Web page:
How has Bud’s ability to cope with a new environment changed since spending the night in the Amos' shed in Bud, Not Buddy?

Bud's ability to cope with a new environment changed since his stay with the Amos family in that Bud stays calmer, less reactionary, and more committed to making the new environment work for him.

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To say that Bud's experience with the Amos family didn't go well is a massive understatement. Bud woke up at one point to find that Todd was shoving a pencil up Bud's nose. The incident turned more violent from that point forward, and ended with Todd telling a massive lie to his mother about Bud and bed wetting:

Todd said, "I just tried to waken him to make sure he'd gone to the lavatory, Mother. I was just trying to help." He aimed his finger dead at me and said, "And Look at him, Mother, this one's got 'bed wetter' written all over him."

Bud can hardly get a word in, and he ends up being locked in the shed that belongs to the family. To Bud's credit, he doesn't panic. It's a scary situation that he finds himself in, but Bud copes with the new environment fairly well. He initially has some momentary panic that builds, but he effectively collects himself and begins to take in his surroundings:

I closed my eyes and thought real hard about making my breathing slow down. Pretty soon it sounded like the five other breathers in the shed had left. I was still scared but now it was that get-real excited-and-want-to-move- around kind of scared.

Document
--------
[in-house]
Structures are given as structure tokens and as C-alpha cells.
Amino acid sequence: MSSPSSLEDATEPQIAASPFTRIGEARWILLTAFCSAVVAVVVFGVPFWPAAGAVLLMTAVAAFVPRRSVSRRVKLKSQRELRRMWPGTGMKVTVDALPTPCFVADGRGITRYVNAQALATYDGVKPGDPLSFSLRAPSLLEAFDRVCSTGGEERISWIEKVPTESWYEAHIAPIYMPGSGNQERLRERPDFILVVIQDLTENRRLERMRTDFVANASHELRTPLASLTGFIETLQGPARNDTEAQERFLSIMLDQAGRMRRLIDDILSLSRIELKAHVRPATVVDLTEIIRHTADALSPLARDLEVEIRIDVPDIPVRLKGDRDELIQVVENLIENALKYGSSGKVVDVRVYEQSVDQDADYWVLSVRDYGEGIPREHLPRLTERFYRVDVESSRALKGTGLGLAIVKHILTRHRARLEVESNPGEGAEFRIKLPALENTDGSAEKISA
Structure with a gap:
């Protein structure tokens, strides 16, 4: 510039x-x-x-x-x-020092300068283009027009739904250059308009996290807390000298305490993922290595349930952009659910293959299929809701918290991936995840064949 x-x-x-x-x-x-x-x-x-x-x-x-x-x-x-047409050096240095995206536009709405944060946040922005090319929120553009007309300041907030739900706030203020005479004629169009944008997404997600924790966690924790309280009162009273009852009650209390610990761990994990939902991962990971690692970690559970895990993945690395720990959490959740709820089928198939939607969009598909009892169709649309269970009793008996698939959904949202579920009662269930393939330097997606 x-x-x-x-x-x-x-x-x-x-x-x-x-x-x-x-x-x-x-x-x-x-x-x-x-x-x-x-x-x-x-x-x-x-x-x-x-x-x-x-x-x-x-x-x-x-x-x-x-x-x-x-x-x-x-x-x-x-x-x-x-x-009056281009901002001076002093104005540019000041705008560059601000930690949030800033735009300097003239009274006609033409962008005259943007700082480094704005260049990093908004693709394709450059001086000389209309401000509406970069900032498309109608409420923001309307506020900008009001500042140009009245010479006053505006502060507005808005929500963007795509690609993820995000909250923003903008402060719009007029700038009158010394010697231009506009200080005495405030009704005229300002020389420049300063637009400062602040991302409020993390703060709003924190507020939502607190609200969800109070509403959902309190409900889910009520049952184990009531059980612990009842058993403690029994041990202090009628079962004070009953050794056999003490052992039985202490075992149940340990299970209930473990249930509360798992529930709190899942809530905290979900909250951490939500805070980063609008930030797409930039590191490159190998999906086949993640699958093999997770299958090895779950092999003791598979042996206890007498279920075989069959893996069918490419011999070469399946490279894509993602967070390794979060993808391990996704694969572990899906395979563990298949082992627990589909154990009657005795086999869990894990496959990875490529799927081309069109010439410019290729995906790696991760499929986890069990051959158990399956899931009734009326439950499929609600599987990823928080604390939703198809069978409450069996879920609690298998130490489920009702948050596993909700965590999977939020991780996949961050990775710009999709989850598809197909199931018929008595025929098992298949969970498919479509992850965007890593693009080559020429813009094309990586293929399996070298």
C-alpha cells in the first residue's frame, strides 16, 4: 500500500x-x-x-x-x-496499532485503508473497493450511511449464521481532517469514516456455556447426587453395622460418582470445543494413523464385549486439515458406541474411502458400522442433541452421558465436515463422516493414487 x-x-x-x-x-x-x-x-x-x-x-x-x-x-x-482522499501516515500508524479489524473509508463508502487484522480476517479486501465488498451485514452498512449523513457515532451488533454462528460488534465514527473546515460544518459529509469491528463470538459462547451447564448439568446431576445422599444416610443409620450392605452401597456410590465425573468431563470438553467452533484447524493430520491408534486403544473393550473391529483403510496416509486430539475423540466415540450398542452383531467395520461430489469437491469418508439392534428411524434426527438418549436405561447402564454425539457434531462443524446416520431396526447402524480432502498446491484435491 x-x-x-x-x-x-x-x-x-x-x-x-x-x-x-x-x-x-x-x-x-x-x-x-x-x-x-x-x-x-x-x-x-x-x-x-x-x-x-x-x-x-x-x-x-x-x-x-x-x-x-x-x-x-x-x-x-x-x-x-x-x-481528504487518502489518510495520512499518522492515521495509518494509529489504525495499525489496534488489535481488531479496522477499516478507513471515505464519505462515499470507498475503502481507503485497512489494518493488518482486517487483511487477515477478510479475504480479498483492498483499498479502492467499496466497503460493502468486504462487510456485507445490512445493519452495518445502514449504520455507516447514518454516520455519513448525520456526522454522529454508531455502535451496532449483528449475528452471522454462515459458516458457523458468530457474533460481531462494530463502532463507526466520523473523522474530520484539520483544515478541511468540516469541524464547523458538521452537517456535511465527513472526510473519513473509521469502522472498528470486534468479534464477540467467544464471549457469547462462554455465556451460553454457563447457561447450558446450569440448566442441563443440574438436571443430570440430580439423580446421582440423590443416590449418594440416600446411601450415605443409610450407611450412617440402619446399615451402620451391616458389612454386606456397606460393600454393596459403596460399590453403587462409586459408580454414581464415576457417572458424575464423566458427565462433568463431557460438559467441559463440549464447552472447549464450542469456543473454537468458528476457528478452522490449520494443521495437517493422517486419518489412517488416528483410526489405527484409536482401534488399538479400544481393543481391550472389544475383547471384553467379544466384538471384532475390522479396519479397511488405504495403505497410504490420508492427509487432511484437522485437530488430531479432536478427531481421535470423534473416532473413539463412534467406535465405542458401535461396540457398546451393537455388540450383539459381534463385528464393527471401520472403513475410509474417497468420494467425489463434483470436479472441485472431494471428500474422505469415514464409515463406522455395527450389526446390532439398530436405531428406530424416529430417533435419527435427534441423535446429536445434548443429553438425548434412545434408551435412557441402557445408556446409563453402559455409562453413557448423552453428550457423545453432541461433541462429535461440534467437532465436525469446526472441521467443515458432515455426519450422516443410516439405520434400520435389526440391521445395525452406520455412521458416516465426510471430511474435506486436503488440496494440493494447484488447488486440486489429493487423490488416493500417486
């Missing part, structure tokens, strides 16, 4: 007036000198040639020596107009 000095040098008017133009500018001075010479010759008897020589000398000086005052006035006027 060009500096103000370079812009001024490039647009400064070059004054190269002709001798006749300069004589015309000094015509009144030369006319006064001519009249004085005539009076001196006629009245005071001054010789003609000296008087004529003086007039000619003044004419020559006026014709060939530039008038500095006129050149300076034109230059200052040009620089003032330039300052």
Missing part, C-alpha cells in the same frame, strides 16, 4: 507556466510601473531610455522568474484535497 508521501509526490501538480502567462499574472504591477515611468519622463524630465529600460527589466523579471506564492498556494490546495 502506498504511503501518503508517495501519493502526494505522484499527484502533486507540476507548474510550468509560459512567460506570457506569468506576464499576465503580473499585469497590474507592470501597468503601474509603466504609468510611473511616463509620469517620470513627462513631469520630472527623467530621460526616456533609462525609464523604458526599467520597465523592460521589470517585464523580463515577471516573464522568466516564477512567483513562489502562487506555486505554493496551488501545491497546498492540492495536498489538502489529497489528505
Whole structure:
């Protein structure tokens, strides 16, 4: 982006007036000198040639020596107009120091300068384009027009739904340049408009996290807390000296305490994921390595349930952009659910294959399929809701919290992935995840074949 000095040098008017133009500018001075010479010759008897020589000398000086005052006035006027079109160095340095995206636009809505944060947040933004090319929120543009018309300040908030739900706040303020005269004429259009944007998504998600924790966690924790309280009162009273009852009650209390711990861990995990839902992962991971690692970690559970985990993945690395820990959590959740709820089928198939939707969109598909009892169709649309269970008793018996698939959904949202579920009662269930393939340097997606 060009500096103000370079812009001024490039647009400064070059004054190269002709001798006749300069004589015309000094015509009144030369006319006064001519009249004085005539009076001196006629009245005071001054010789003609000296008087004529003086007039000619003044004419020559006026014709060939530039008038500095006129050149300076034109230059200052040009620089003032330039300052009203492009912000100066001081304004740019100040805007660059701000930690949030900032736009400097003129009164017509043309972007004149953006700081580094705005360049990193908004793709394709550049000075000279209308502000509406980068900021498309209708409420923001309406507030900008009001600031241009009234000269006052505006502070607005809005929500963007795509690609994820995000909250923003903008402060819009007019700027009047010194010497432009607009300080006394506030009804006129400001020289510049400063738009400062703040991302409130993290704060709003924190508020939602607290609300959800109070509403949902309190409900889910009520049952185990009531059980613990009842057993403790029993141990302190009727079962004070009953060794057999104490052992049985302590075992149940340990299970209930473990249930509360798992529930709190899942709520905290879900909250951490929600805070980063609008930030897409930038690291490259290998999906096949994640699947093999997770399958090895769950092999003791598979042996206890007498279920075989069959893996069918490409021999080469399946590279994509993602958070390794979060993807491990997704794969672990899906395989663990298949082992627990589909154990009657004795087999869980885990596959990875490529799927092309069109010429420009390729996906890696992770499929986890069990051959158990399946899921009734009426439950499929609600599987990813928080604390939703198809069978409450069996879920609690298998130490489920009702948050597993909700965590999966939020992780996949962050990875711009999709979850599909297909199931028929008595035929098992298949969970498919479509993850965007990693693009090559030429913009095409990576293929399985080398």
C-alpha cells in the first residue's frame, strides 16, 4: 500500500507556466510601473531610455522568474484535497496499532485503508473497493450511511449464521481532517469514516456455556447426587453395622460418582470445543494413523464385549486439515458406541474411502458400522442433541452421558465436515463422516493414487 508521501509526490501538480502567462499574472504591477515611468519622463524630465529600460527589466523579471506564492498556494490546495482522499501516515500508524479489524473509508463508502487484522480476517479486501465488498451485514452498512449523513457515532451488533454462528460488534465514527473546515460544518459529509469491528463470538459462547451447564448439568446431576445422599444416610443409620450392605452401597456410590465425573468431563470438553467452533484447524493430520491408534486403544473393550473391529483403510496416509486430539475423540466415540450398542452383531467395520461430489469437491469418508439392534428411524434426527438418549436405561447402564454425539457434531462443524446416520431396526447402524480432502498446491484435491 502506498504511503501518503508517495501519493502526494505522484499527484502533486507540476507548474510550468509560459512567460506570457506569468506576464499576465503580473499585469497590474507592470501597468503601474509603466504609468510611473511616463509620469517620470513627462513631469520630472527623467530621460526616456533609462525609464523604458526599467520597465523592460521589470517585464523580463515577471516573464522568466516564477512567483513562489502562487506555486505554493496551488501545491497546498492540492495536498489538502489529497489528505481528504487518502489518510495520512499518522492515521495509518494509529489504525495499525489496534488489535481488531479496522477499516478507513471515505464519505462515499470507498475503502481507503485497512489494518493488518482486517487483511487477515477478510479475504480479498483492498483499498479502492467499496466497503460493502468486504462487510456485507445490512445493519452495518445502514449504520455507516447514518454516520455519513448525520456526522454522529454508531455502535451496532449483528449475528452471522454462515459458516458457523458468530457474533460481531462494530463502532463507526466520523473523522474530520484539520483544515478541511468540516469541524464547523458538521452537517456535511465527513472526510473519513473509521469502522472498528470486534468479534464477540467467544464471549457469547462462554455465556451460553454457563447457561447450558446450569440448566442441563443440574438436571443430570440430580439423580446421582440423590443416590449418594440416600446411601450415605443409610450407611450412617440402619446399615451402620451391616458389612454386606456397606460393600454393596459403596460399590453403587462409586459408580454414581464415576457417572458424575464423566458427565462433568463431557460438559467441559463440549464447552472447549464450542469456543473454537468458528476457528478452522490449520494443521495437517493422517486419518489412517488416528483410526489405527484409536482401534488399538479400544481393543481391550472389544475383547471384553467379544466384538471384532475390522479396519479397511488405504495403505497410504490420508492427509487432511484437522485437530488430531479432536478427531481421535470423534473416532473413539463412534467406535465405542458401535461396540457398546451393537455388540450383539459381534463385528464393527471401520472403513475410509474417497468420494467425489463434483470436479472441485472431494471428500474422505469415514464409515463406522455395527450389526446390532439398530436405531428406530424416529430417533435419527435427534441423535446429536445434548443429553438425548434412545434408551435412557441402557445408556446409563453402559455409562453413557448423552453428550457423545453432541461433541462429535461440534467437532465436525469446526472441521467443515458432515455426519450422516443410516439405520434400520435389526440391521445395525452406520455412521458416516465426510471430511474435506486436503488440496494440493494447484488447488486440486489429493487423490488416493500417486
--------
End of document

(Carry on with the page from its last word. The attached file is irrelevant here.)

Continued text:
One of the things that Bud sees is what he thinks is a vampire bat. This is where Bud begins to react rather than think, and coping very much involves thinking. Coping means dealing with and overcoming problems and difficulties. Those might be emotional or situational, and people have varying degrees of success when trying to cope with difficulties, and experience matters as well. People learn to cope better based on previous coping successes and failures. Bud fails to understand the importance of the "bat" not moving or hurting him. He ultimately makes the wrong decision to antagonize the "bat" which turns out to be a nest of hornets.

As Bud is thrown into more new environments, he deals with and overcomes problems and difficulties in a way that reflects his learning from previous experiences. Bud is slower to react. We see this in how he stays calm in Hooverville and when he is told that the librarian he seeks isn't there anymore. Readers see this when he wakes up in Lefty's house and fakes like he is still sleeping. Bud is figuring out how to best deal with the strange new circumstance he has found himself in, and a big part of his coping mechanism is allowing his mind to take in information rather than immediately reacting to the situation. By the time that Bud gets to Grand Rapids, his coping skills are much more refined. That's what allows him to adapt so well to the various personalities of the band members as well as deal with the fairly antagonistic nature of Calloway. Bud takes his time with the man. Bud learns about him and the band. Bud is committed to seeing his plan through. Bud's ability to cope has allowed him to stick with a situation far longer than he did back when he was with the Amos family.

Last Updated by eNotes Editorial on
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